Hydrogen thermal desorption from AB impregnated into the porous carriers confirms that nanoconfinement facilitates hydrogen release during thermolysis, minimizing undesired BNHx fragments. Furthermore, the comparison of the different pore structures shows that nanoconfinement is critical for such a change.
The influence of CoAPO-5 and mesoporous gallium oxide on hydrogen release is less apparent than that of SBA-15 materials. Like in the case of neat AB, the release takes place through two main events (Figure 2). CoAPO-5 shows a modest intercrystalline mesoporosity combined with microporosity given by a monodimensional channel array. Gallium oxide exhibits some mesoporosity, but its total pore volume is very limited. Thus, these two materials hardly exhibit capacity to host AB. The only difference with neat AB thermal decomposition relies is shown in the onset temperatures of hydrogen release which is already appreciable at temperatures as low as 60ºC (Figure 2). This can be attributed to the destabilization of the small fraction of AB that is nanoconfined within the pores of these hosts. Additionally, borazine release decreases to levels that are not detectable by the mass spectrometer. This effect could be related to a Lewis acid-base interaction of AB with the oxide ions of the hosts.
The effect of nanoconfinement on AB thermolysis is much more pronounced in SBA-15 samples. In contrast with the results obtained with the previous host materials, scaffolding AB into SBA-15 porous materials drastically decrease hydrogen desorption temperatures, with an onset of hydrogen release temperatures as low as 40ºC and a single hydrogen release peak at temperatures significantly lower than those observed with neat AB (Figures 1 and 2). On the other hand, the evolution of Raman spectra during thermolysis indicates a variation in the mechanism of decomposition of AB that can be attributed to chemical interactions with active surface hydroxyl groups in SBA-15 hosts (Figure 1). As suggested in the literature , these groups can interact with the BH3 group, weakening the covalent bond between BH3 and NH3 groups of AB, thus destabilizing and promoting the decomposition of the compound. Furthermore, by this interaction BH3 is kept bounded to the scaffold, reducing the production of borazine, and precluding the formation of polyiminoborane as observed in operando Raman-MS experiments.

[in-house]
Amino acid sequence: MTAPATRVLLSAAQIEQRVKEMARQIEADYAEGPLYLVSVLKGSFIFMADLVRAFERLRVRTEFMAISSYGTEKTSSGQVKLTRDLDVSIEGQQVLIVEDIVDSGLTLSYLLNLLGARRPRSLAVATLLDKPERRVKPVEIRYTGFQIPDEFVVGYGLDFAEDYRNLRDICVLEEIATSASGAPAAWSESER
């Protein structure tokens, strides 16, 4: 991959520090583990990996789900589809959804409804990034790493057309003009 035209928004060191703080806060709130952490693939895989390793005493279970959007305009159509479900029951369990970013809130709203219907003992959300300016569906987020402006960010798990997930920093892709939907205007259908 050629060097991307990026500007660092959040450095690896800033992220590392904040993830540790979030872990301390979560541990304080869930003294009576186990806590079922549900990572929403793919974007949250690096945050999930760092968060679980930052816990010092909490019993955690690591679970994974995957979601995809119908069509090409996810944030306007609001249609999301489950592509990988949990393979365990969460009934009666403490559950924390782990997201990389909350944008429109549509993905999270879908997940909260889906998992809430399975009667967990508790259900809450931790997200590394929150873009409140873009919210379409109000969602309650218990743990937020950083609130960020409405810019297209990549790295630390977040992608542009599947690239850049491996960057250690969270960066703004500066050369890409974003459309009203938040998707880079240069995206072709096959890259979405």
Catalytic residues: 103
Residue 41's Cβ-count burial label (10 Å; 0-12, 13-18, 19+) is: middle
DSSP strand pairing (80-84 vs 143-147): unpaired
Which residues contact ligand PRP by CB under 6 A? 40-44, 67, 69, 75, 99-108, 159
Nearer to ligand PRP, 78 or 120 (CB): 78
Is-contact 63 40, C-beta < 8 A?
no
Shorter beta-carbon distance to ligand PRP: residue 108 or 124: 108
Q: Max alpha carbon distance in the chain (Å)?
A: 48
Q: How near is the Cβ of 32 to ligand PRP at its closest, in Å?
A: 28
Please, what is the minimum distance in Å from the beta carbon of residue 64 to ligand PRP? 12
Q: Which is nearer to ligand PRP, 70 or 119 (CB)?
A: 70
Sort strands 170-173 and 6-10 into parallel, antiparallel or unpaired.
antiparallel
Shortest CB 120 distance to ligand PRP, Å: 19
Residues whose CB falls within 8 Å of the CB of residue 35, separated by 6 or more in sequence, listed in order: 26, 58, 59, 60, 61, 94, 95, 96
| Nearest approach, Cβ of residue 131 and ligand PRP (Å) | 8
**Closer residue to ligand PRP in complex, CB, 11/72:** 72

Confinement of AB within nanoporous hosts can then be enhanced by the chemical interactions between the hydride and the host. According to these results, it can be expected that an appropriate combination of nanoconfinement and chemical environment would facilitate a cleaner hydrogen release by thermolysis of AB.
Microporous and Mesoporous Materials 2016, 226, 454-465 DOI: https://doi.org/10.1016/j.micromeso.2016.02.013
Project summary by: Maria J. Valero-Pedraza | Espectroscopia y catálisis industrial, Instituto de Catálisis y Petroleoquímica, CSIC, C/ Marie Curie 2, Cantoblanco, 28049, Madrid, Spain